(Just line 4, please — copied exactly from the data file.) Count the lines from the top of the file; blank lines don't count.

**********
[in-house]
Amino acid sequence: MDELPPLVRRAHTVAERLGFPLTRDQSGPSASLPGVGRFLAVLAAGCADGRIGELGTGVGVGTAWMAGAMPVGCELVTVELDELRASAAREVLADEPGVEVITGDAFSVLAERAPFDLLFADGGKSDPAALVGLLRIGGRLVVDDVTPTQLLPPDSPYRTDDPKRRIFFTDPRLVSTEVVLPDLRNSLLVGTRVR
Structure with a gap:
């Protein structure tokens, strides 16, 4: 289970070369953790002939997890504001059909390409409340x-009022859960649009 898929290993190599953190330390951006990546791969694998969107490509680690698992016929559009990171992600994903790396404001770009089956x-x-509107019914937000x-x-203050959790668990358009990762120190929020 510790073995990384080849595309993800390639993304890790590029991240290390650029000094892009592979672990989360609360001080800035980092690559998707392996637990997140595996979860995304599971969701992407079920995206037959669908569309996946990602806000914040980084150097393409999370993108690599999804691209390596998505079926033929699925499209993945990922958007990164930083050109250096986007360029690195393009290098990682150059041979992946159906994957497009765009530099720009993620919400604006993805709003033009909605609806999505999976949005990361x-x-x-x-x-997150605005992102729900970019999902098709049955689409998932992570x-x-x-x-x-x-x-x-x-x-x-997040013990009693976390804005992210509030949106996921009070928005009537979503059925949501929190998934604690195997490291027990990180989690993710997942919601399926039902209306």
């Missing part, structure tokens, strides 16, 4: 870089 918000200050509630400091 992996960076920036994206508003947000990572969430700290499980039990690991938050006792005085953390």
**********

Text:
């Protein structure tokens, strides 16, 4: 289970070369953790002939997890504001059909390409409340x-009022859960649009 898929290993190599953190330390951006990546791969694998969107490509680690698992016929559009990171992600994903790396404001770009089956x-x-509107019914937000x-x-203050959790668990358009990762120190929020 510790073995990384080849595309993800390639993304890790590029991240290390650029000094892009592979672990989360609360001080800035980092690559998707392996637990997140595996979860995304599971969701992407079920995206037959669908569309996946990602806000914040980084150097393409999370993108690599999804691209390596998505079926033929699925499209993945990922958007990164930083050109250096986007360029690195393009290098990682150059041979992946159906994957497009765009530099720009993620919400604006993805709003033009909605609806999505999976949005990361x-x-x-x-x-997150605005992102729900970019999902098709049955689409998932992570x-x-x-x-x-x-x-x-x-x-x-997040013990009693976390804005992210509030949106996921009070928005009537979503059925949501929190998934604690195997490291027990990180989690993710997942919601399926039902209306």